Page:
2) Run a statistical test that accounts for multiple variables that could also affect a change in your response or outcome. Typically, running a good observational study requires adding a few controlling features in order to properly adjust the effect of change between treatment and control groups. With the dataset I’m using, we’ve only got the subject ID and pre/post outcomes. So there might very well be some substantial changes based on variables that we don’t have.

However — and now I’m finally coming to the point of my post — the outcome itself can also be adjusted to account for RTM. And this can be done in two ways…

1) Calculate the expected population RTM

As the authors state, this isn’t the easiest way to adjust for RTM in practice (i.e. you don’t get a subject-level adjustment). But it is nice because it gives you a diagnostic look at the potential effect of RTM on your trial/event/outreach program’s pre/post change.

Let’s try this with the anorexia data. Barnett’s paper provides R, SAS, & Stata code to do both this and the following procedure here. I’ve adapted their code to run as a function.

One note about calculating this measure — When calculating the expected RTM, one needs to choose cutoff values that would represent particularly high or low values in regard to the actual population parameters; we’d expect subjects exceeding these cutoffs to deviate back to a more “normal” value afterward. There’s no one way to derive that, except through knowledge of the subject and perhaps running some simulations at various cutoff values. Hopefully this graph below helps illustrate the point. I’ve chosen values that might be very high or low weights for the girls selected for the study.

### show changes in really high & low weights -------------------
an[,ID:=row.names(an)] # generate IDs for each subject
## create upper & lower limits based on quantile
ul=an[,quantile(Prewt)]
ul=unname(ul[c(2,4)])
## Subjects w/ weights above / below thresholds
wt=an[Prewt==ul[1] | Prewt==ul[2]]
# nrow(wt) - 32 subjects
wt=melt(wt,id.vars=c("ID","Treat"),measure.vars=c("Prewt","Postwt")) # melt it down
ggplot(data=wt, aes(x=variable, y=value, group=as.character(ID), col=Treat))+
 xlab("Pre/Post Study Period")+
  ylab("Weight (lbs)")+
  geom_abline(intercept=ul[1],slope=0,col='black')+
  geom_abline(intercept=ul[2],slope=0,col='black')+
  scale_y_continuous(breaks=c(70,ul[1],ul[2],90,100))+
  geom_line()+
  facet_grid(.~Treat)

rtm_cutpoints.png

These graphs show how subjects with low weights tend to rise and high weights tend to decrease. As we might hope for, subjects in the treatment groups tend to exhibit this pattern less than in the control group. If the treatments are effective, we’d expect heavier girls to also gain some weight.

I’m not terribly familiar with the clinical management of anorexia, but I believe BMI is the more typical criterion in its diagnosis, which we don’t have in this dataset. Since , I’ve used a bit of Bayesian banditry to simulate the what the population parameters might look like.

The challenge with the cutoff method that I have below, is that you need to know the population mean and standard deviation, which one may not have. In this case, I don’t have a population average for population-level weights to compare to, and I didn’t find the average weight in my very quick search of the literature. I’m getting around this by simulating a population mean and standard deviation using MCMC. More specifically, I’m generating a large number of posterior distributions by assuming the population takes a normal distribution with unknown mean and variance — there are few points here and they are so tightly grouped that the simulated population will end up looking pretty close to the sample.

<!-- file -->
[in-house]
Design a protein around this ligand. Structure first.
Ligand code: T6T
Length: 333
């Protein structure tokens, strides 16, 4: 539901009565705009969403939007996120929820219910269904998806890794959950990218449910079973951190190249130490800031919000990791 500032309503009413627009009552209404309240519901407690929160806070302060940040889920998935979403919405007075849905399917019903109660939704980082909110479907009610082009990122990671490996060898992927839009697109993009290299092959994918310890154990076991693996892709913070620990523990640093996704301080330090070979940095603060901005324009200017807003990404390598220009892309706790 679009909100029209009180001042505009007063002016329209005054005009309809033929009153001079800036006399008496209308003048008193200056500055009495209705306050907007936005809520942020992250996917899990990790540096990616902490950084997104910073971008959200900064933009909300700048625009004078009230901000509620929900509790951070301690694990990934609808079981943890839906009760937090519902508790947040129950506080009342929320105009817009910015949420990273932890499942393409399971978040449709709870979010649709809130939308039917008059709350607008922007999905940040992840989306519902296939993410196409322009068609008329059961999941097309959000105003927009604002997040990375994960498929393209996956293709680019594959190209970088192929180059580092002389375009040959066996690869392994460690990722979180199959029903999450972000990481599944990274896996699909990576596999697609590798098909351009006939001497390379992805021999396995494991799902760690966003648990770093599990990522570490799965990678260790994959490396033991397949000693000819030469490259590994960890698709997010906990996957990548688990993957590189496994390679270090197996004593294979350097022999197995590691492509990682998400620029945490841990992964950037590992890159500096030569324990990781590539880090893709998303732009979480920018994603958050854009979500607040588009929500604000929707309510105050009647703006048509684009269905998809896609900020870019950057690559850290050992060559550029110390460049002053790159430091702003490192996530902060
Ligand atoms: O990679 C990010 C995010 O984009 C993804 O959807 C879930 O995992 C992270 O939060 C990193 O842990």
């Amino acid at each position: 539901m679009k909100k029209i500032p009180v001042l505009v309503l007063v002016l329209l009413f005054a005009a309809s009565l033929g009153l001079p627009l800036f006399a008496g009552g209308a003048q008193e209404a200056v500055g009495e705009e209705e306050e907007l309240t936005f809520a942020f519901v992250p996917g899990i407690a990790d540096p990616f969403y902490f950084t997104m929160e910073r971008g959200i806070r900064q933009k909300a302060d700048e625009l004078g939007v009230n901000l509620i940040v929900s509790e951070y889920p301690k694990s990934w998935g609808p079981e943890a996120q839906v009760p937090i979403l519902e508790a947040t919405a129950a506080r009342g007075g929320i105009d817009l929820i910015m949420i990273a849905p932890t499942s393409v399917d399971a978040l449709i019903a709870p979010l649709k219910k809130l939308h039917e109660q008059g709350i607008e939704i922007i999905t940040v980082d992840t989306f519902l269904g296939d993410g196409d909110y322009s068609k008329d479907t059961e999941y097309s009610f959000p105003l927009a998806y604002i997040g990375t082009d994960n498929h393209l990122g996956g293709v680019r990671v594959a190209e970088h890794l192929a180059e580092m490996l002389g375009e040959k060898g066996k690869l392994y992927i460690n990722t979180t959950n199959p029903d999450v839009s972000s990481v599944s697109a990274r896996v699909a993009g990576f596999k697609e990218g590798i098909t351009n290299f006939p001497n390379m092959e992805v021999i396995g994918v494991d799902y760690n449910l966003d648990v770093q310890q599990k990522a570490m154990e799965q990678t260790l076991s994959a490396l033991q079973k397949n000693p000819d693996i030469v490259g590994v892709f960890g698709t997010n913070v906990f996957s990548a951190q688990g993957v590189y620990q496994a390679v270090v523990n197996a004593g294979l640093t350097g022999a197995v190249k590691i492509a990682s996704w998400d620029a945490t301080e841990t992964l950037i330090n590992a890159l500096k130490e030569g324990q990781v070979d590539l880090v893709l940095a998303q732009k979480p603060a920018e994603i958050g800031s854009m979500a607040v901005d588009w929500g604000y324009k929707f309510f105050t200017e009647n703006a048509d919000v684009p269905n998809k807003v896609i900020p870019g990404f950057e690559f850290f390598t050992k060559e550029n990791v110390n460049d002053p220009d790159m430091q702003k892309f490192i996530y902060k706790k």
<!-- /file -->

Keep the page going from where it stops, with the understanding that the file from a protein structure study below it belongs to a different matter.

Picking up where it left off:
### Estimate population parameters & show RTM cutoffs at cor coefs -------------------
rtm_function <- function(mu=NULL,sigma=NULL,cut=NULL,m=1) {
# mu = population mean
# sigma = population std deviation
# cut = cut point to define low or high values
# m = number of baseline measurements
# Loops to run through rho and m scenrarios
var_wtn_subj=vector(length=11,mode="numeric") # calculate between-subject variance
var_btn_subj=vector(length=11,mode="numeric") # calculate within-subject variance
RTM_lower=vector(length=11,mode="numeric") # vector of values for lower RTM cutoff
RTM_upper=vector(length=11,mode="numeric") # vector of values for upper RTM cutoff
rho=vector(length=11,mode="numeric") # correlation marix
for (rhox in 0:10) {
rho[rhox+1]<-rhox/10
var_wtn_subj[rhox+1]<-(1-rho[rhox+1])*(sigma^2) # within-subject variance;
var_btn_subj[rhox+1]<-rho[rhox+1]*(sigma^2) # between-subject variance;
for (m in 1:m){ # Number of baseline measurements;
zg<-(cut-mu)/sigma; # z;
zl<-(mu-cut)/sigma; # z;
x1g<-dnorm(x=zg); # phi - probability density;
x2g<-1-pnorm(q=zg); # Phi - CDF
x1l<-dnorm(x=zl); # phi;
x2l<-1-pnorm(q=zl); # Phi;
czl<-x1l/x2l; # C(z) lower limit in paper;
czg<-x1g/x2g; # C(z) upper limit in paper;
RTM_lower[rhox+1]<-(var_wtn_subj[rhox+1]/m)/sqrt(var_btn_subj[rhox+1]+(var_wtn_subj[rhox+1]/m))*czl; # RTM effect, Equations (1) m=1 & (2) m>1
RTM_upper[rhox+1]<-(var_wtn_subj[rhox+1]/m)/sqrt(var_btn_subj[rhox+1]+(var_wtn_subj[rhox+1]/m))*czg; # RTM effect
}
}
output<-cbind(var_btn_subj,var_wtn_subj,rho,RTM_lower,RTM_upper)
print("The expected RTM effect for a range of baseline samples sizes and rhos")
print(output)
print("var_btn_subj=between-subject variance, var_wtn_subj=within-subject variance")
print("rho=within-subject correlation, Rl=RTM effect (< cut-off), Rg=RTM effect (>cut-off)")
}

## run MCMC simulation of population distribution parameters
## NOTE: JAGS needs to be separately installed on your OS to run this code
# library('rjags')
# x=anorexia$Prewt
# N=length(x)
# cat(
# "model {
#   for (i in 1:N) {
#     x[i] ~ dnorm(mu, tau)
#   }
#   mu ~ dnorm(0, .001)